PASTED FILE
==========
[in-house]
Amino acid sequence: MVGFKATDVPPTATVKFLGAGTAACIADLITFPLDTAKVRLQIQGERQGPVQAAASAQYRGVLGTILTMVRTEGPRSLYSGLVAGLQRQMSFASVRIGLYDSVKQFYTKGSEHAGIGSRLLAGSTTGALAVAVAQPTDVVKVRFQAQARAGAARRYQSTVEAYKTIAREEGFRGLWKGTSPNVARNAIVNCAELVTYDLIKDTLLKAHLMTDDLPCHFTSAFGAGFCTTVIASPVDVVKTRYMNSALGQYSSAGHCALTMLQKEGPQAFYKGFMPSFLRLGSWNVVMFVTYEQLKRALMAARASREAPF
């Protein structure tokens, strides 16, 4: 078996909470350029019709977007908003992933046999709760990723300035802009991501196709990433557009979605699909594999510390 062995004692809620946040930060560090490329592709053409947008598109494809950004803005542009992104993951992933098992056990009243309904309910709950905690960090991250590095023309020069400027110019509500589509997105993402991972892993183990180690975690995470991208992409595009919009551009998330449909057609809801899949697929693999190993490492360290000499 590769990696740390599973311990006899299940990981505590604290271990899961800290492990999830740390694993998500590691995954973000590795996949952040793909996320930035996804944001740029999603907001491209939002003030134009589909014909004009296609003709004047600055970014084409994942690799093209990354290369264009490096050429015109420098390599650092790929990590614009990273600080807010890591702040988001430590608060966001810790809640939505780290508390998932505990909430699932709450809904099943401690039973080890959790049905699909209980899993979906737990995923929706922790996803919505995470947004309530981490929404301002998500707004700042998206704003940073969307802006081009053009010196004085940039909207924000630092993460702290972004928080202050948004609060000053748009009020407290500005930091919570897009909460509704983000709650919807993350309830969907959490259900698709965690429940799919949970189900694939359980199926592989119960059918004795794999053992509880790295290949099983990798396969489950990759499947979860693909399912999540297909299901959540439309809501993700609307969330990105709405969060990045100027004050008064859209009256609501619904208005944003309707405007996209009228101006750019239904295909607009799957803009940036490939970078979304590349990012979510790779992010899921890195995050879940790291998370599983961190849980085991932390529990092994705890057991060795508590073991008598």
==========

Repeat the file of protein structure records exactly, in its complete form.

[in-house]
Amino acid sequence: MVGFKATDVPPTATVKFLGAGTAACIADLITFPLDTAKVRLQIQGERQGPVQAAASAQYRGVLGTILTMVRTEGPRSLYSGLVAGLQRQMSFASVRIGLYDSVKQFYTKGSEHAGIGSRLLAGSTTGALAVAVAQPTDVVKVRFQAQARAGAARRYQSTVEAYKTIAREEGFRGLWKGTSPNVARNAIVNCAELVTYDLIKDTLLKAHLMTDDLPCHFTSAFGAGFCTTVIASPVDVVKTRYMNSALGQYSSAGHCALTMLQKEGPQAFYKGFMPSFLRLGSWNVVMFVTYEQLKRALMAARASREAPF
């Protein structure tokens, strides 16, 4: 078996909470350029019709977007908003992933046999709760990723300035802009991501196709990433557009979605699909594999510390 062995004692809620946040930060560090490329592709053409947008598109494809950004803005542009992104993951992933098992056990009243309904309910709950905690960090991250590095023309020069400027110019509500589509997105993402991972892993183990180690975690995470991208992409595009919009551009998330449909057609809801899949697929693999190993490492360290000499 590769990696740390599973311990006899299940990981505590604290271990899961800290492990999830740390694993998500590691995954973000590795996949952040793909996320930035996804944001740029999603907001491209939002003030134009589909014909004009296609003709004047600055970014084409994942690799093209990354290369264009490096050429015109420098390599650092790929990590614009990273600080807010890591702040988001430590608060966001810790809640939505780290508390998932505990909430699932709450809904099943401690039973080890959790049905699909209980899993979906737990995923929706922790996803919505995470947004309530981490929404301002998500707004700042998206704003940073969307802006081009053009010196004085940039909207924000630092993460702290972004928080202050948004609060000053748009009020407290500005930091919570897009909460509704983000709650919807993350309830969907959490259900698709965690429940799919949970189900694939359980199926592989119960059918004795794999053992509880790295290949099983990798396969489950990759499947979860693909399912999540297909299901959540439309809501993700609307969330990105709405969060990045100027004050008064859209009256609501619904208005944003309707405007996209009228101006750019239904295909607009799957803009940036490939970078979304590349990012979510790779992010899921890195995050879940790291998370599983961190849980085991932390529990092994705890057991060795508590073991008598």